When the menopause arrives, it can hit you like a train. Knowing how to survive the perimenopause can be even harder!

At some point in your 40s or 50s, your body will change, and your regular cycles will become disrupted. Some women go through the menopause gently. But for many, there are perimenopausal symptoms or symptoms that occur around the time of menopause that can interfere with regular life. 

This post is meant as a guide for coping and dealing with those symptoms. We will explore the key things you need to know about the symptoms you can expect, and how you can deal with them.

For once, the Internet is your friend

When the perimenopause arrives, it can come as a shock. Suddenly, it seems like your health is changing for the worse. 

It is important to note that perimenopause is a natural part of life, even if the symptoms seem disturbing. Therefore, it is critical to use websites for help, advice, and the latest research on the topic. 

During perimenopause, your ovaries produce less estrogen and progesterone (the hormones that regulate your menstrual cycle). This can affect many aspects of your health.

As a result, your periods may become irregular, heavier, lighter, or stop altogether. At the same time, you may experience a variety of other symptoms. These can include things like:

  • Vaginal dryness and discomfort
  • Weight gain and changes in body shape
  • Joint pain and stiffness
  • Heart palpitations and blood pressure changes

If you notice any of these issues and are beginning to feel worried, you might find it very useful to visit a women’s health clinic near you and ask them for advice. Ask them what you can do to improve your situation and get checkups to rule out any complications or unexpected diseases. 

The severity of the perimenopause varies according to each woman. Some women may have mild or no symptoms at all, while others may have severe or debilitating symptoms that interfere with their daily lives.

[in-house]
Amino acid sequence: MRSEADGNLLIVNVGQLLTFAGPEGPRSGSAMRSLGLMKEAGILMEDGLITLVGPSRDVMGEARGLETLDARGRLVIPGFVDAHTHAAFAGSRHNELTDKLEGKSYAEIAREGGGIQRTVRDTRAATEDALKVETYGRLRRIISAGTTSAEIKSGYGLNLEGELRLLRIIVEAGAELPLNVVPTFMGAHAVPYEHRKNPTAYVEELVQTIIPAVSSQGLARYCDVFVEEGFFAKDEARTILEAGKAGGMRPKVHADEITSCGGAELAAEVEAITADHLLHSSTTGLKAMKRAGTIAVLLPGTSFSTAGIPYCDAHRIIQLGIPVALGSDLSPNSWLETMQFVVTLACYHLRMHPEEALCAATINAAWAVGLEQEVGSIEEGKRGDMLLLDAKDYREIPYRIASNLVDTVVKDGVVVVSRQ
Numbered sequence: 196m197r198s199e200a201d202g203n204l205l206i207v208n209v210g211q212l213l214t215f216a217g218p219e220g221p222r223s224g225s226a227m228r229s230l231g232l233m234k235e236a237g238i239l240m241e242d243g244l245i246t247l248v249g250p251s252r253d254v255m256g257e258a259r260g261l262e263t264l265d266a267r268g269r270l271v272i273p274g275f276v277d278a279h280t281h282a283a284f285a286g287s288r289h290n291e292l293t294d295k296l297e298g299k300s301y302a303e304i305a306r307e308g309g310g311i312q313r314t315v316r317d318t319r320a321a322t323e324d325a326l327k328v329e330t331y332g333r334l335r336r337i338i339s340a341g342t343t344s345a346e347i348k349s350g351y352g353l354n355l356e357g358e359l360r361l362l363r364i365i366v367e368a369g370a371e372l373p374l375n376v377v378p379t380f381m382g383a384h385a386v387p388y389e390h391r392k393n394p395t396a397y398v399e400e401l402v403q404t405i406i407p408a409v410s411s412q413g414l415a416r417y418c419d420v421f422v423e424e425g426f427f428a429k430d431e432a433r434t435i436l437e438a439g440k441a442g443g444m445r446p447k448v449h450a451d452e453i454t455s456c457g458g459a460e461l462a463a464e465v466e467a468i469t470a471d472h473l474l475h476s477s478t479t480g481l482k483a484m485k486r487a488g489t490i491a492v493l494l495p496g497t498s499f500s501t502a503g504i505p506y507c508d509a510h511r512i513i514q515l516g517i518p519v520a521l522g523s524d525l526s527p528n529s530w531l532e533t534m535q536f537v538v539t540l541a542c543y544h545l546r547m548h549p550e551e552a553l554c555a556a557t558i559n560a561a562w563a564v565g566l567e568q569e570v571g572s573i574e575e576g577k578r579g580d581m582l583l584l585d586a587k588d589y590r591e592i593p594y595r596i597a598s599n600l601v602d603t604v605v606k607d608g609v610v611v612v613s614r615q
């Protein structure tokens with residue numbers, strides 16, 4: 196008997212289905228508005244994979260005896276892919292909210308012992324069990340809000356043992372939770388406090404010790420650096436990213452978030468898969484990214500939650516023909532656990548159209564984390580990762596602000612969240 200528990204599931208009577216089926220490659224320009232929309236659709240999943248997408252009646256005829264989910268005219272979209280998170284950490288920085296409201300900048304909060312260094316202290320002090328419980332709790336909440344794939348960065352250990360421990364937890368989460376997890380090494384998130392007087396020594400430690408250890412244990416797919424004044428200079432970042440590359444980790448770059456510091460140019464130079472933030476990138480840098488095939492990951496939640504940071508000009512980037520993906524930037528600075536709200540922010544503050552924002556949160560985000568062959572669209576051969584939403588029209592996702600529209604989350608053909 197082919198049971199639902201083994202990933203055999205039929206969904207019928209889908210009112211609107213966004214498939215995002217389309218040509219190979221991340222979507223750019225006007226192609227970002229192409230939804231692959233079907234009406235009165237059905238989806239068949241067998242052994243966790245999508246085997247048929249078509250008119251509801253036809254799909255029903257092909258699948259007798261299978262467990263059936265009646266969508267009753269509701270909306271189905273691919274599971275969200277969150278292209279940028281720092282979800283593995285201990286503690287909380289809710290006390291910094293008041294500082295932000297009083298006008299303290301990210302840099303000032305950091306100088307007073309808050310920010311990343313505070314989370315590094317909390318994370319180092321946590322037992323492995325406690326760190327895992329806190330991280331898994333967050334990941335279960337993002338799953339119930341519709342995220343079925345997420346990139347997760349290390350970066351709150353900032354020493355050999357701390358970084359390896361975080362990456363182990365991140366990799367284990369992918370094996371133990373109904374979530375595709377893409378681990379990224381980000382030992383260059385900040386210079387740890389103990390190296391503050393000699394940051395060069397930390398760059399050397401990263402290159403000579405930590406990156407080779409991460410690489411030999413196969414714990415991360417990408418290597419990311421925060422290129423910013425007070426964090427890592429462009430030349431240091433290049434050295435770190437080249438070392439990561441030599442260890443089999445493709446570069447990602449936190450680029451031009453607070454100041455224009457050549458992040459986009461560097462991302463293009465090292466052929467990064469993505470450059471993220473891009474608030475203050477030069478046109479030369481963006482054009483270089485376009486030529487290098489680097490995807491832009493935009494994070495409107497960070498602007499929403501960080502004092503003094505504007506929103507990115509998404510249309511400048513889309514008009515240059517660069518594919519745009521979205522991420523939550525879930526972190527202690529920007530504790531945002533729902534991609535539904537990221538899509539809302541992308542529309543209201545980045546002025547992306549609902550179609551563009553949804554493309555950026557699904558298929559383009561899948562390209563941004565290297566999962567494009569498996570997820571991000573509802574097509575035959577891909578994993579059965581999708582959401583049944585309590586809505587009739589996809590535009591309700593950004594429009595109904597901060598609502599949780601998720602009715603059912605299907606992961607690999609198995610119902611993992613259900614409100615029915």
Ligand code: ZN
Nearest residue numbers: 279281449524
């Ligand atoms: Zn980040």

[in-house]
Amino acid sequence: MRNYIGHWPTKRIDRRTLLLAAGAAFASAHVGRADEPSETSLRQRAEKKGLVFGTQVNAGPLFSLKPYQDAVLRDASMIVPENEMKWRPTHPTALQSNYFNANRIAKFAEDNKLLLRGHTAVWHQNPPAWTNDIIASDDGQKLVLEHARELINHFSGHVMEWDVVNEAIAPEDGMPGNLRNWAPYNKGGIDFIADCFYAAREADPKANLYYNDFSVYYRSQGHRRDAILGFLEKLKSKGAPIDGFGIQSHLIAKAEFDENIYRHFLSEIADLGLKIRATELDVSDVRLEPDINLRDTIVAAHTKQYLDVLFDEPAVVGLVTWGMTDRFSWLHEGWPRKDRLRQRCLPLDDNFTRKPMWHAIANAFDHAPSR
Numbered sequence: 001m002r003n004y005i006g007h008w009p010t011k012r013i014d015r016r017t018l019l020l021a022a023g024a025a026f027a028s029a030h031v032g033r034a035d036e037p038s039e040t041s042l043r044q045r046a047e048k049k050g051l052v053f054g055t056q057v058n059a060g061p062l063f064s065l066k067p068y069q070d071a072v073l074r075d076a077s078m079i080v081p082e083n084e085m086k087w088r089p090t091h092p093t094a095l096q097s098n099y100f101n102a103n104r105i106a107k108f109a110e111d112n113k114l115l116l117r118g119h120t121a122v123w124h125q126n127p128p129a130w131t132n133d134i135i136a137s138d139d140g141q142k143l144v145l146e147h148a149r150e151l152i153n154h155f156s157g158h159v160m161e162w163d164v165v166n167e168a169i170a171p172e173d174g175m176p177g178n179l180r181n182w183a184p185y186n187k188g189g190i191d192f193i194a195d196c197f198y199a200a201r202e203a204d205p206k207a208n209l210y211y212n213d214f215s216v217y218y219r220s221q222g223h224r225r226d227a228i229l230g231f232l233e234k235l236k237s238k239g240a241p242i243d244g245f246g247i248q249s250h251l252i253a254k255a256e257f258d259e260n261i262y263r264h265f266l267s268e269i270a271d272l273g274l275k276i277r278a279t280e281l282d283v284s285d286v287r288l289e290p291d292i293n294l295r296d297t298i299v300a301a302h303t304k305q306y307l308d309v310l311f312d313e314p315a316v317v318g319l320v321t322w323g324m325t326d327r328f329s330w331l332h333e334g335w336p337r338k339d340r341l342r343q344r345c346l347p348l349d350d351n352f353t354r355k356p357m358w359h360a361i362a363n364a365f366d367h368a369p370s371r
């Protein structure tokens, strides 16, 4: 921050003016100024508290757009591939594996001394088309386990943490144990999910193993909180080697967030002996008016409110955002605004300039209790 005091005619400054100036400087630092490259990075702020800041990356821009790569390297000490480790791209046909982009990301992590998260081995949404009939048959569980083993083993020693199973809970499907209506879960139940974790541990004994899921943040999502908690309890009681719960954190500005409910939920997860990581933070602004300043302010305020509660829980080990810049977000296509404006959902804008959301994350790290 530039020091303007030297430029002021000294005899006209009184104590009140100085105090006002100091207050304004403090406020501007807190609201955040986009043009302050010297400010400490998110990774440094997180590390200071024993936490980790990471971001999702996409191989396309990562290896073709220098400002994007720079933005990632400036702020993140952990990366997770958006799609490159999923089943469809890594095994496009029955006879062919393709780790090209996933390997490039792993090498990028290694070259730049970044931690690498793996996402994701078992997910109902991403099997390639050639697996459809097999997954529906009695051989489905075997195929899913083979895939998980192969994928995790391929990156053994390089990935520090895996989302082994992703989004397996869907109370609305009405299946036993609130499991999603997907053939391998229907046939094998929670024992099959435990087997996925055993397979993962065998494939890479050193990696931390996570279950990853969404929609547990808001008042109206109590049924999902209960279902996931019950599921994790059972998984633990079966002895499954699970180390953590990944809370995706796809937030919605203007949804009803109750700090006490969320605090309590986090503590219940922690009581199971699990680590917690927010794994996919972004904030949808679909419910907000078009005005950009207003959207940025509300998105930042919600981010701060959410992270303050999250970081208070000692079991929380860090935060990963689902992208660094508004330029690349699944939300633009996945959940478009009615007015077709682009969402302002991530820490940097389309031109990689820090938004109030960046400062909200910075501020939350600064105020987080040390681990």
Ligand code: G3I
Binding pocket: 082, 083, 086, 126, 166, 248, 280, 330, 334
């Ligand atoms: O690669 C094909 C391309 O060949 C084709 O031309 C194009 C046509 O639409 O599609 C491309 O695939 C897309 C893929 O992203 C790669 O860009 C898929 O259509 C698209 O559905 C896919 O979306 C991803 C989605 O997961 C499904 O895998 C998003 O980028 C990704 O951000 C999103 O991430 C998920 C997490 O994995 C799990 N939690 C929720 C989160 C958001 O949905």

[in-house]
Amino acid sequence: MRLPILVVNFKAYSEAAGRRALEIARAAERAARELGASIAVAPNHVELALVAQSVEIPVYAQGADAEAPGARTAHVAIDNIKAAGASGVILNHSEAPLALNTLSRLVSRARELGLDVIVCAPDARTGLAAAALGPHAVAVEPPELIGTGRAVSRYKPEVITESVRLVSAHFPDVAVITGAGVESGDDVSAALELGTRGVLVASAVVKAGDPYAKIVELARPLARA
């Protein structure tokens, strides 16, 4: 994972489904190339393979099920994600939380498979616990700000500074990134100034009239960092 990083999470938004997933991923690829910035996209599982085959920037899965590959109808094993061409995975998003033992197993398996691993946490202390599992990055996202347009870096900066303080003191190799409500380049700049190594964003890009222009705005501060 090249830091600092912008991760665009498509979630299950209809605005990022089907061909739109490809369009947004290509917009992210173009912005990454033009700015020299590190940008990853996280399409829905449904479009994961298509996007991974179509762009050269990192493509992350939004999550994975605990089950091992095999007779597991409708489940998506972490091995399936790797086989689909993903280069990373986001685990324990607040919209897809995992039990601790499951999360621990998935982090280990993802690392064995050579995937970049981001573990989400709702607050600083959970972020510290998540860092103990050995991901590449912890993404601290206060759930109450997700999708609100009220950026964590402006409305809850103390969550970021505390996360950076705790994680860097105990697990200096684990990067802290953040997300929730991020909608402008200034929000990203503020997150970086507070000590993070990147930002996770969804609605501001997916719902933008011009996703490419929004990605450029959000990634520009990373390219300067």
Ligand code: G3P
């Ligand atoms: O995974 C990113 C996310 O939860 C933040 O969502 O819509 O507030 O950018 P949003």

How bad your symptoms are depend on your lifestyle, genetics, and medical history. 

Fortunately, perimenopause is not permanent. It will eventually end when you reach menopause, which medical professionals define as the end of your monthly cycle for twelve months.

Most women hit the menopause at age 51, but it can occur at any time – usually between 40 and 60, unless you are on a specific anti-aging regimen.

You should notice at menopause that your hormones stabilise and life begins to return to normal after a while.

Improve Your Lifestyle

The second step to surviving perimenopause is to take care of your physical health. You want to be in tip-top shape to skirt around the worst of the symptoms. 

Some of the things you can do to take care of your physical health during perimenopause are:

  • Eat more nutritious foods, concentrating on whole plant sources, such as legumes, and vegetables
  • Maintaining your current weight. If you have been advised to lose weight, don’t despair. There are groups out there to help support you and many resources online about losing weight in a healthy way.
  • Drinking plenty of water to stay hydrating
  • Taking a multivitamin to avoid potential deficiencies. Check with your doctor to make sure you are not taking too much of any specific vitamin or mineral.

You can also try limiting processed foods, refined sugars, saturated fats, alcohol, and other things that might interfere with your system, like caffeine.

High blood pressure and inflammation can lead to a worsening of symptoms, so be sure to err on the safe side.

Hopefully, these tips can help you to know that you CAN and WILL survive the perimenopause.

Photo by Erriko Boccia on Unsplash